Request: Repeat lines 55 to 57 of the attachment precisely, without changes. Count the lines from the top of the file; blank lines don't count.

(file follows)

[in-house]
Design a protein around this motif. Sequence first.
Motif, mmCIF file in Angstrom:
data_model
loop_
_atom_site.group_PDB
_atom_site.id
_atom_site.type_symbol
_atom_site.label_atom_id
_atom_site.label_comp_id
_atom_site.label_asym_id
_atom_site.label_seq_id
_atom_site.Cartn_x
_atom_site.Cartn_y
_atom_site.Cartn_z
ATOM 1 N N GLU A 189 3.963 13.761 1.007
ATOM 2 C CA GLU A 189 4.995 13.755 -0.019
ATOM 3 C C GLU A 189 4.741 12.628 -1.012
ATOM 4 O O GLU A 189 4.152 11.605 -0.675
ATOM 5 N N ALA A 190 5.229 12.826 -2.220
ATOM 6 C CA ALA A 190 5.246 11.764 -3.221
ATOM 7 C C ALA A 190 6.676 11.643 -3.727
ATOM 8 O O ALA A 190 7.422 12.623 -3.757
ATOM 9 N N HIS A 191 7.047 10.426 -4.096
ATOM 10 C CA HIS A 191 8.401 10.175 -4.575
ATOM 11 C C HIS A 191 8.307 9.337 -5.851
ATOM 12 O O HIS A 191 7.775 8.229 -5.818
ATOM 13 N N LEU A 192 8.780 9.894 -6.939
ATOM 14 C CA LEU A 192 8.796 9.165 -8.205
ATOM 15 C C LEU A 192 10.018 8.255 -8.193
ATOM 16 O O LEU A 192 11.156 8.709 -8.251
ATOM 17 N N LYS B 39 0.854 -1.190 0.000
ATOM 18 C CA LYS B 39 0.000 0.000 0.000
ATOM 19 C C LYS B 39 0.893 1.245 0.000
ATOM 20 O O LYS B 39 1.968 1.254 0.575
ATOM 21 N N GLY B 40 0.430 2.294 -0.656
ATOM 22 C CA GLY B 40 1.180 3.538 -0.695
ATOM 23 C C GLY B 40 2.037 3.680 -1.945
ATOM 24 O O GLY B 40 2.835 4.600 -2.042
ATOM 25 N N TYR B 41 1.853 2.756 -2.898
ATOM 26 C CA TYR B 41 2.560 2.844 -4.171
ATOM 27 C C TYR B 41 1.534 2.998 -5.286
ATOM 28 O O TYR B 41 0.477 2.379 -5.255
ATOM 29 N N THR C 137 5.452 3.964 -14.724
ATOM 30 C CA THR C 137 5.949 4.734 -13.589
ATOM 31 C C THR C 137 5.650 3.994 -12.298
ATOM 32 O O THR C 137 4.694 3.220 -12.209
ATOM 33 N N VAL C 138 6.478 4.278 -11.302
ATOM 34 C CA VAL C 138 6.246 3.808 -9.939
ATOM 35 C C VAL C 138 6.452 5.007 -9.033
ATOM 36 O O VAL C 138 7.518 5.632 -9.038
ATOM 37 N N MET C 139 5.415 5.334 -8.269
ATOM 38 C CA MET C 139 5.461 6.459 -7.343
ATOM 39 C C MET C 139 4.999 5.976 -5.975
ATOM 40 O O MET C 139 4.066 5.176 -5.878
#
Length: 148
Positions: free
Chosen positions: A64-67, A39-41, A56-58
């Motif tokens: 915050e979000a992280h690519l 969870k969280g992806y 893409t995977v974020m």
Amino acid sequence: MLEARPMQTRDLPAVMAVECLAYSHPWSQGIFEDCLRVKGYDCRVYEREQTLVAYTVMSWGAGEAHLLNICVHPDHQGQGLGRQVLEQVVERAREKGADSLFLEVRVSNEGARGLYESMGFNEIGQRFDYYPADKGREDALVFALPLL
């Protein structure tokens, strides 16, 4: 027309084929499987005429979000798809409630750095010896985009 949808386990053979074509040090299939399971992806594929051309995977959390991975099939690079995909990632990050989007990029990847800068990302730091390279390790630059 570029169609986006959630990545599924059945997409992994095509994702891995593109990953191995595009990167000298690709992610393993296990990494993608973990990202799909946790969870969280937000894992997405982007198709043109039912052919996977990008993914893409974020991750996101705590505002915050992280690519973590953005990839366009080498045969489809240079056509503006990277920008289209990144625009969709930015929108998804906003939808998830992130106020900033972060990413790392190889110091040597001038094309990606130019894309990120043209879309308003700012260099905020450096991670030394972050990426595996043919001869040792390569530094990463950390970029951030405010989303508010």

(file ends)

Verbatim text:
ATOM 40 O O MET C 139 4.066 5.176 -5.878
#
Length: 148